"Women and girls are in urgent need of protection as fighting continues in North Kivu," Bob Kitchen, International Rescue Committee (IRC) country director in the Democratic Republic of Congo, said today.
"Vulnerable to sexual violence and abuse in a highly unstable environment where armed groups roam with impunity, women and girls are particularly at risk of harm when they have to leave camps or population centres to collect firewood for cooking," he added.
Today the IRC begins a distribution of one week's supply of firewood to 15,000 families (75,000 people) in the Kibati IDP camp, close to the National Park region of North Kivu, an area which has seen much of the recent combat and that is still very insecure and facing very high protection risks.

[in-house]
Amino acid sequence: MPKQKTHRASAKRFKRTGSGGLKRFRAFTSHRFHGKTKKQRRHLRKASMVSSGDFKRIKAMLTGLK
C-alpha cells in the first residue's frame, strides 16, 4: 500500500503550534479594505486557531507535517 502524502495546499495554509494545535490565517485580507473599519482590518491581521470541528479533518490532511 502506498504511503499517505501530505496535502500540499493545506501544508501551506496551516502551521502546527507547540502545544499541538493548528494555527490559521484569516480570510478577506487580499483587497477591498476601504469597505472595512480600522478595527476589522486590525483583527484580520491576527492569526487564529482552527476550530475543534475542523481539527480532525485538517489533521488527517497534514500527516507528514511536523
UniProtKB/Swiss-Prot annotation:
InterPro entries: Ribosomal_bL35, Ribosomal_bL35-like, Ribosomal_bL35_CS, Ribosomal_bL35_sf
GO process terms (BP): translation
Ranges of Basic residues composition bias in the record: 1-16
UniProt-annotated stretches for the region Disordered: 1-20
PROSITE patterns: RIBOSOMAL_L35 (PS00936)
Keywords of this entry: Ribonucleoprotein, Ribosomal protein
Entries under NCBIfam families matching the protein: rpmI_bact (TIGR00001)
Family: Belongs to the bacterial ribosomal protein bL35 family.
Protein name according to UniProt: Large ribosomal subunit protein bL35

Rape as a weapon of war has tragically become part of daily life in this highly volatile region of eastern Congo with perpetrators not restricted to any one of the warring factions. As the fighting has escalated so too has the danger as more armed groups patrol the forests.
Food deliveries are beginning to reach the area but if there is no fuel the women must, in spite of the danger, go out into the forests looking for firewood in order to cook for their families and keep them warm in this season of heavy rain and cool nights.
Rape, often gang rape, is an all too common occurrence across the region, and harvesting firewood in the forest, away from the security of the camp, makes women terrifyingly easy targets.